Armadillo -- Official Mascot of Texas

Types of Armadillos In the U.S. and What They Eat

There are twenty some different species of armadillos, but only the 9 banded armadillo lives in Texas. – or for that matter, anywhere in the United States. About the size of a very large housecat and weighing as much as 18 pounds, armadillos eat grubs, spiders, insects, earthworms, and smaller reptiles and amphibians, so armadillos can be quite useful in keeping the supply of unwanted critters down. They even eat ants, including fire ants. Anything that destroys or removes fire ants makes points with me.

9-Banded armadillo
9-Banded armadillo | Source

Unusual Armadillo Characteristics

Armadillos are mammals with some unusual characteristics. When they give birth, there are always 4 babies and those babies are always the same sex. They are identical quadruplets because the fertilized egg splits into quarters.

If that is not unusual enough, armadillos can willfully delay implantation of a fertilized egg when they are in a stressful situation, and they can do that for a very long time. Weird Facts.com reports that at least one captured female delayed implantation of a fertilized egg so that she did not give birth for 2 years! The normal gestation period for armadillos is 8-9 months.

Weird Facts.com also states that an armadillo’s sex organs remain active even after being separated, or “disconnected” from the armadillo. There was no explanation of this statement, and maybe that is just as well . . .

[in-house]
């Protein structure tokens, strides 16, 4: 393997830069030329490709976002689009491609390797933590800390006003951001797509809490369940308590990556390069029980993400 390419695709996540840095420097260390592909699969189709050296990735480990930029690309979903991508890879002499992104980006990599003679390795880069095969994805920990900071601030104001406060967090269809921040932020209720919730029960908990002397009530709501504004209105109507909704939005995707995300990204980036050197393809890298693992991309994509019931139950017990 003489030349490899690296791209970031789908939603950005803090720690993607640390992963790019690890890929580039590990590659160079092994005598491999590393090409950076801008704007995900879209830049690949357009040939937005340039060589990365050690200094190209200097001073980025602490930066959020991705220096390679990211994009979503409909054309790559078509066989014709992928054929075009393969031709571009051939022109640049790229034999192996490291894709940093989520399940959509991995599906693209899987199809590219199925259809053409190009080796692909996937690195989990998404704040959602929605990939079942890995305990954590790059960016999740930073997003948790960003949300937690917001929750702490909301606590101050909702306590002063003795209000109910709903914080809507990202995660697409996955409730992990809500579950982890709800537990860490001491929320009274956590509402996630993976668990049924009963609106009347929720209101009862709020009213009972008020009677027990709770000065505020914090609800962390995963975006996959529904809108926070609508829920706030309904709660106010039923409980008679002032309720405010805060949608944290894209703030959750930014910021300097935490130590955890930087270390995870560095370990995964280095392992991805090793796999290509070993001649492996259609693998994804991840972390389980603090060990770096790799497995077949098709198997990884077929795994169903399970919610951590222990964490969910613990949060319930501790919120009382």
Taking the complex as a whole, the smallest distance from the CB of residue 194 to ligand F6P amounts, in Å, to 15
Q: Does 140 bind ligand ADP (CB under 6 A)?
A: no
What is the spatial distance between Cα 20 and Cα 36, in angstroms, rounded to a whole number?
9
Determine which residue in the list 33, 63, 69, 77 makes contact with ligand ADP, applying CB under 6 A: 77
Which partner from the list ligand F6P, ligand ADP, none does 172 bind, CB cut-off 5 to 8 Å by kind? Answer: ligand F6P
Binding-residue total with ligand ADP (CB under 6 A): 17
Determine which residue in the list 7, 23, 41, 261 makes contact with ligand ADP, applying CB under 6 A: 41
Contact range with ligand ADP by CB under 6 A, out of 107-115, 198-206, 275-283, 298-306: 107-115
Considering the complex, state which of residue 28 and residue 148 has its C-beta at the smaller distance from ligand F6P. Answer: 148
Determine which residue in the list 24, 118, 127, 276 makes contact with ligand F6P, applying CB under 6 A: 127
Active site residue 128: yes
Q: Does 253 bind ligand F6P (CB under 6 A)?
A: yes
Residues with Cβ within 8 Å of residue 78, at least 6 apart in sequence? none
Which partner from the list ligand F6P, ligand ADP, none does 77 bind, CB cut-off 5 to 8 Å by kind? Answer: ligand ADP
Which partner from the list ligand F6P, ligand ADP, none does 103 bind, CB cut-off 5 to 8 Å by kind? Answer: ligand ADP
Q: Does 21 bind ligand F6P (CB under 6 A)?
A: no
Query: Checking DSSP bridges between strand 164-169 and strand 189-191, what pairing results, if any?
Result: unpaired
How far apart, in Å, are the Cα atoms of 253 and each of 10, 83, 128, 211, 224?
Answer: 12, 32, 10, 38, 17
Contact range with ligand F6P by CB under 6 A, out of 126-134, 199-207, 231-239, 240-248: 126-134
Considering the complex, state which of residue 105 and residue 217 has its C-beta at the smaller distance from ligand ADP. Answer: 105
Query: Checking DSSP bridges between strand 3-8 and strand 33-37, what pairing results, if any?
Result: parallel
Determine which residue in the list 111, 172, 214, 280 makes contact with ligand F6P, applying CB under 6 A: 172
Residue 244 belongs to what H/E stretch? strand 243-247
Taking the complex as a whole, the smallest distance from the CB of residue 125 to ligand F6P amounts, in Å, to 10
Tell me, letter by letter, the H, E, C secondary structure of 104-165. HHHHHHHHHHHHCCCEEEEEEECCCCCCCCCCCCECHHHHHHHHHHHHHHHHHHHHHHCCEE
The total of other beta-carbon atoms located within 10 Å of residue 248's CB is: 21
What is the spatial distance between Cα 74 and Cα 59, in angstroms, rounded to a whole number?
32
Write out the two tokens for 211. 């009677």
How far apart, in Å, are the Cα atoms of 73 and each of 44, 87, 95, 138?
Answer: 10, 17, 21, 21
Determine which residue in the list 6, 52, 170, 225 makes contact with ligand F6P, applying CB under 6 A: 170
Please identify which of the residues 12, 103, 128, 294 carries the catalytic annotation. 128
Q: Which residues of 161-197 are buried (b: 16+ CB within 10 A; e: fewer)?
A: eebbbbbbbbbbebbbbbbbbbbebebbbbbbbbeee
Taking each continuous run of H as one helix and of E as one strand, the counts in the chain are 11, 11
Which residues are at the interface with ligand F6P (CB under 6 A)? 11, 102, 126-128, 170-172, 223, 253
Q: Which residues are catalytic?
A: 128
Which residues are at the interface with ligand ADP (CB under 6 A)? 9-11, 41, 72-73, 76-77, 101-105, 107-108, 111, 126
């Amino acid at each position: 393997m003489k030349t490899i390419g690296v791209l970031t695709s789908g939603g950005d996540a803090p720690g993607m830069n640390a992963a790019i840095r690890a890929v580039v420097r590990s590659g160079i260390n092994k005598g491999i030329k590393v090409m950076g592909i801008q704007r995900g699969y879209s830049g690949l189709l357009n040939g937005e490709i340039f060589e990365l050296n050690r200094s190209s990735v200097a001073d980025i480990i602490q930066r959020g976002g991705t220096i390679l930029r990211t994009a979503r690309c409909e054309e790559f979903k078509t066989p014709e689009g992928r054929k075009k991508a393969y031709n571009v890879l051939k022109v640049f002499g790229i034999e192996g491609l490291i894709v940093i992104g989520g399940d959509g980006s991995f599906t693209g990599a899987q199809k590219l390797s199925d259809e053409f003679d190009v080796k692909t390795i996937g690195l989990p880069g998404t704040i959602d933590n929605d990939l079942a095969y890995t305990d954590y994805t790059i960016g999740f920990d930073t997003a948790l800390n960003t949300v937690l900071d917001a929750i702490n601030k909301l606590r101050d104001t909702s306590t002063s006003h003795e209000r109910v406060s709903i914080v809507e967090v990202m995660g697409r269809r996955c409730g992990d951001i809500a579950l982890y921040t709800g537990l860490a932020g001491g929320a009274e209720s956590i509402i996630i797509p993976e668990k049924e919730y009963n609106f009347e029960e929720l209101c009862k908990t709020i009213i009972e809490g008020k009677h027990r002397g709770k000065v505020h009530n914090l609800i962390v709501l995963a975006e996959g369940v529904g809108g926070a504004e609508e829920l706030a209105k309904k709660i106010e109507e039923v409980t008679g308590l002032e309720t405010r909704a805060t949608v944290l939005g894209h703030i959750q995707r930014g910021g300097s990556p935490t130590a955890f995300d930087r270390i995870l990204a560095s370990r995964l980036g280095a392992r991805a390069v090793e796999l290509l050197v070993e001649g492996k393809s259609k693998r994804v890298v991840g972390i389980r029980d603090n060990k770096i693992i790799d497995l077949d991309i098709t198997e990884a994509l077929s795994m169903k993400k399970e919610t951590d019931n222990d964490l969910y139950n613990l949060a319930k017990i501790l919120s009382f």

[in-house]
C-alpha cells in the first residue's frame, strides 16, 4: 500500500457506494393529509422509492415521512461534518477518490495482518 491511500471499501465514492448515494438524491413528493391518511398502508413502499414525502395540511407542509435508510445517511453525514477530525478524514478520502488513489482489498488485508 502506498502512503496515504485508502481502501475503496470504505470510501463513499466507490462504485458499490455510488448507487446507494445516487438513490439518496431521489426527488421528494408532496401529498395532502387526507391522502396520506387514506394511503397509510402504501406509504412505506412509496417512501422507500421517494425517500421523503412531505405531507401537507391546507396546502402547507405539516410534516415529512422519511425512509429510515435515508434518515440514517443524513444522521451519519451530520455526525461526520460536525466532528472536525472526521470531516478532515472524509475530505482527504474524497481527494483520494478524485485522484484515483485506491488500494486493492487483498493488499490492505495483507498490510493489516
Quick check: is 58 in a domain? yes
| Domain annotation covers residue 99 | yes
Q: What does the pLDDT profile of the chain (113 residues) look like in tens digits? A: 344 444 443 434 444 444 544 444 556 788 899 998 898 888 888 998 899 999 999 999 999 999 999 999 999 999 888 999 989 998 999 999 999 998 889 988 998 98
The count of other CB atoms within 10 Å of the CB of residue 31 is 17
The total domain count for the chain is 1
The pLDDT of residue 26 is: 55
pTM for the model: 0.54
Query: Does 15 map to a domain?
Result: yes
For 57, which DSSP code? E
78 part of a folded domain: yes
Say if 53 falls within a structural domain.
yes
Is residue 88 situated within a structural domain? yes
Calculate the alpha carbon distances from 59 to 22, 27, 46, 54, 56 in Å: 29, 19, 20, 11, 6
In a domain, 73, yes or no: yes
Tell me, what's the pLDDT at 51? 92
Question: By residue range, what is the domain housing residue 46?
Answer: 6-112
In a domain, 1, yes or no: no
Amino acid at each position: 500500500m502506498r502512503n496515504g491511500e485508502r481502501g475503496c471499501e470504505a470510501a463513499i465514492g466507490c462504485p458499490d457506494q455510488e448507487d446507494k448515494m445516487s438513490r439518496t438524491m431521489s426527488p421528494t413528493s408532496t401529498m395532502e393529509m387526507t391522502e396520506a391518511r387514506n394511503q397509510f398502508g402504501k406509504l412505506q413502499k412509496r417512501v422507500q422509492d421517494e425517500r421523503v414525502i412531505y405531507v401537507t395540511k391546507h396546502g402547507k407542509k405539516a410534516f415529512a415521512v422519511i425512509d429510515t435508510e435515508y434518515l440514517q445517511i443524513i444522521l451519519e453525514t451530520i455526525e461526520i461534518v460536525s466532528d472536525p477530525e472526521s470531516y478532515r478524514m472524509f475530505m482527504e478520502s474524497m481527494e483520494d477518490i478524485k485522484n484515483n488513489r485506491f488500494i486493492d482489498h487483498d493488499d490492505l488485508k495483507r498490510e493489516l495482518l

3-Banded Armadillo rolled into a ball to protect it's soft underbelly from predators.
3-Banded Armadillo rolled into a ball to protect it's soft underbelly from predators. | Source

Armadillo Defenses Against Predators

When an armadillo is frightened, it sometimes jumps into the air in an effort to scare predators. If that fails it will run like . . . crazy, and attempt to find a secure hiding place. Failing that, it will sometimes fall down dead – pretend dead, that is. So if you see an armadillo lying on it’s back with feet in the air, it may not be what it looks like. It is an armadillo, but not a dead armadillo – necessarily.

Armadillos loose teeth throughout their lives, but still have about a hundred teeth at any given time. Do not put your fingers in their mouth.

The three-banded armadillo is the only member of the species that can roll itself up into a ball in order to protect its soft underbelly from predators. The carapace, or shell, which is the armadillo’s main defense against predators, is made of a combination of bone and tough tissue coating that includes approximately 2,000 scales that are composed of keratin, which is a protein.

How Stuff Works explains, “The carapace is divided into the anterior scapular shield over its forequarters and the posterior pelvic shield over its hindquarters. Between those two shields are a series of bands that vary depending on the armadillo species. These softer bands look like an accordion and allow for mobility. In most armadillos, the two shields are attached to the skin on all sides.”

It is a little different for the three-banded armadillo. “Its shields are unattached along its lateral sides, and it has extra room between the skin and the shell for tucking in [it’s appendages – tail, legs, etc.]. Other armadillos can hunch over to attempt to conceal most of their abdomens, but their shields provide no space for retracting their limbs,” (HowStuffWorks.com).

Armadillos Can Walk Under the Water

Armadillos can stop breathing for as long as 6 minutes at a time, and they can walk under the water. They do not swim, but will walk under the water on the bottom of a lake or stream to get to the other side.

I have read that armadillos can be housebroken. Having an armadillo for a live-in pet could be the healthy way to keep your home insect free in lieu of pesticides and insecticides. Although armadillos are the only animal other than humans that can contract leprosy, and it is possible to get that disease from an armadillo.